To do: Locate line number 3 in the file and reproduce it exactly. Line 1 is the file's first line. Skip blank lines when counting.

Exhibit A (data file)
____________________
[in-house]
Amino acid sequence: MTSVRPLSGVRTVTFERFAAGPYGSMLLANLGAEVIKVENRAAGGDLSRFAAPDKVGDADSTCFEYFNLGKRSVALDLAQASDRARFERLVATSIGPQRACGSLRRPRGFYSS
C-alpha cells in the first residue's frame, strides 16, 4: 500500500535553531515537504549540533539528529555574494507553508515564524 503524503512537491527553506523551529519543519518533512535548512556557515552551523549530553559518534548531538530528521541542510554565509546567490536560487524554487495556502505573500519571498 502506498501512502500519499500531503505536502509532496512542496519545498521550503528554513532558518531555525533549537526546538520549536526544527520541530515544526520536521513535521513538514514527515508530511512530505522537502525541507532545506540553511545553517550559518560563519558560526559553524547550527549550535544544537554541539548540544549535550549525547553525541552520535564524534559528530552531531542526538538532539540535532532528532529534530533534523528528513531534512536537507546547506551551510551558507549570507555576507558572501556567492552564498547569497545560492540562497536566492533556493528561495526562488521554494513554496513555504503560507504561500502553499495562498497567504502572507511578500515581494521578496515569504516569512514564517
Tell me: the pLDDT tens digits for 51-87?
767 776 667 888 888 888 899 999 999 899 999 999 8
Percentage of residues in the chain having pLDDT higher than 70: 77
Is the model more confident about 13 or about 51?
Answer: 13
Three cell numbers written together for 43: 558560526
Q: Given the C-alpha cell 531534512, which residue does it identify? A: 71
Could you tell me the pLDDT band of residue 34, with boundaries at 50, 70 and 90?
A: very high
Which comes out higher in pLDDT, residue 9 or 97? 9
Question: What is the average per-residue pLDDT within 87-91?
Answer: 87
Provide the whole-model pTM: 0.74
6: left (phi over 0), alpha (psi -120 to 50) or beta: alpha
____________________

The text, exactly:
C-alpha cells in the first residue's frame, strides 16, 4: 500500500535553531515537504549540533539528529555574494507553508515564524 503524503512537491527553506523551529519543519518533512535548512556557515552551523549530553559518534548531538530528521541542510554565509546567490536560487524554487495556502505573500519571498 502506498501512502500519499500531503505536502509532496512542496519545498521550503528554513532558518531555525533549537526546538520549536526544527520541530515544526520536521513535521513538514514527515508530511512530505522537502525541507532545506540553511545553517550559518560563519558560526559553524547550527549550535544544537554541539548540544549535550549525547553525541552520535564524534559528530552531531542526538538532539540535532532528532529534530533534523528528513531534512536537507546547506551551510551558507549570507555576507558572501556567492552564498547569497545560492540562497536566492533556493528561495526562488521554494513554496513555504503560507504561500502553499495562498497567504502572507511578500515581494521578496515569504516569512514564517